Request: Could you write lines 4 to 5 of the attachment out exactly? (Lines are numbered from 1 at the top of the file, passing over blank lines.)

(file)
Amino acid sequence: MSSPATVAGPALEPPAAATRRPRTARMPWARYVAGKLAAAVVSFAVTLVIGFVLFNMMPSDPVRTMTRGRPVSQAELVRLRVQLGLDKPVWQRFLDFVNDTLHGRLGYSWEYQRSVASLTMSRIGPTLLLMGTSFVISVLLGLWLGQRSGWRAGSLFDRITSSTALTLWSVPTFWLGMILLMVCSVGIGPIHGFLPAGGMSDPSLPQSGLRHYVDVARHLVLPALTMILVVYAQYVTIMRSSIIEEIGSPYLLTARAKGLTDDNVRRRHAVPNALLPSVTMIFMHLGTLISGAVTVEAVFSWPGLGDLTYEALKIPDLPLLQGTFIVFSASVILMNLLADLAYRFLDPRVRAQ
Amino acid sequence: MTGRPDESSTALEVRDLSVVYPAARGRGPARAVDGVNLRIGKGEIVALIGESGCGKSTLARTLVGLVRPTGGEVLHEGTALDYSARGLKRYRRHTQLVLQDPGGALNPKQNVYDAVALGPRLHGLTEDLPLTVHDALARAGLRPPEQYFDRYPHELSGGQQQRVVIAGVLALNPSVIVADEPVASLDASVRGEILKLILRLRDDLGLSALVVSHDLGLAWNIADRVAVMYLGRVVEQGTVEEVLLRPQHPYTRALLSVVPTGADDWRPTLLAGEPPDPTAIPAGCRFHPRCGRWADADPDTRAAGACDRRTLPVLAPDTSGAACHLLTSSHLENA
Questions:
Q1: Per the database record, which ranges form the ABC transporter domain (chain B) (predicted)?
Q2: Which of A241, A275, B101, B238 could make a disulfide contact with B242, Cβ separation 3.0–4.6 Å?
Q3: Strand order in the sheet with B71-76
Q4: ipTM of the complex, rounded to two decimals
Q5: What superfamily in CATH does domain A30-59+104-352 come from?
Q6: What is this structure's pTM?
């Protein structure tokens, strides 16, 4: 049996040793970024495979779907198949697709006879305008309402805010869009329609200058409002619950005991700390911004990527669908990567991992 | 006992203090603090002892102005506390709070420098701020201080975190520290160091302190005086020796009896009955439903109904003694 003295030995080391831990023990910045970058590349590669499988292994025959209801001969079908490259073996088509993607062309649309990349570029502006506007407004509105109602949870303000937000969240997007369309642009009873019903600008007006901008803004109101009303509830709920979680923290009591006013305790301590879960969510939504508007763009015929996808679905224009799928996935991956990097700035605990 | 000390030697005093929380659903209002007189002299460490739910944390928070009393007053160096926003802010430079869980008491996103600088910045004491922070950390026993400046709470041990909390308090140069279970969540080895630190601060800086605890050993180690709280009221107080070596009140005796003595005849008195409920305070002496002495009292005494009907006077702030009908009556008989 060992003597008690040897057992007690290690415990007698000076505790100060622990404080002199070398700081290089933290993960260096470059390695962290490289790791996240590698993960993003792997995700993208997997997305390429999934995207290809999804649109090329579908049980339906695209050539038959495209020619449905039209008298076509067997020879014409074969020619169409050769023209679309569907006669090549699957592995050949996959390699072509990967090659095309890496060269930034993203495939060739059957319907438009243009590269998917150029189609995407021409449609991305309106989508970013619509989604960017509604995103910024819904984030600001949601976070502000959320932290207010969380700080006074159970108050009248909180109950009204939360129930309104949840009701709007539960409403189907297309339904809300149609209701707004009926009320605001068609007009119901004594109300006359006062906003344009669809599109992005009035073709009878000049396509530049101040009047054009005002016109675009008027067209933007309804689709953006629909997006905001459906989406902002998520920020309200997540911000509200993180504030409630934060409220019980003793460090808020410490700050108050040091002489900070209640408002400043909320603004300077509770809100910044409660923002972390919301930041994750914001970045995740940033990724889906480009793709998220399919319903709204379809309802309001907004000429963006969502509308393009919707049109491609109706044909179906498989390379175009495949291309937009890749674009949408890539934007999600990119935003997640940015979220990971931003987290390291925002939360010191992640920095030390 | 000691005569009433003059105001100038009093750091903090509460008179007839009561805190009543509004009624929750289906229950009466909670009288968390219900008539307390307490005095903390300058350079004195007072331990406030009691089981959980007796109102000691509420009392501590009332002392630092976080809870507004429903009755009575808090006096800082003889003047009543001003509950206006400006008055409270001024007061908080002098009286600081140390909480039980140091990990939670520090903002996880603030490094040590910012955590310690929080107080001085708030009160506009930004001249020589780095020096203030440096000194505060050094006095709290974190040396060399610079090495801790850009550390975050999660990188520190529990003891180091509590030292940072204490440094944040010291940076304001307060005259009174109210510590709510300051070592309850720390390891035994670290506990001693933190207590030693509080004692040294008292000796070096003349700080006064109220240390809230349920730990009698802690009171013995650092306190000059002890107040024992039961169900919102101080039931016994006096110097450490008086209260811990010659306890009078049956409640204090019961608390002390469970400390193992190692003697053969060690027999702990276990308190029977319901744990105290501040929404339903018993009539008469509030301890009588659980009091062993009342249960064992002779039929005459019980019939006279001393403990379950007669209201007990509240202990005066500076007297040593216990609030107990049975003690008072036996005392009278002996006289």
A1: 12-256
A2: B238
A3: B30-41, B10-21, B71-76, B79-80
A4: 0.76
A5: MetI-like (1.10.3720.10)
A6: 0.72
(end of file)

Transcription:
Q1: Per the database record, which ranges form the ABC transporter domain (chain B) (predicted)?
Q2: Which of A241, A275, B101, B238 could make a disulfide contact with B242, Cβ separation 3.0–4.6 Å?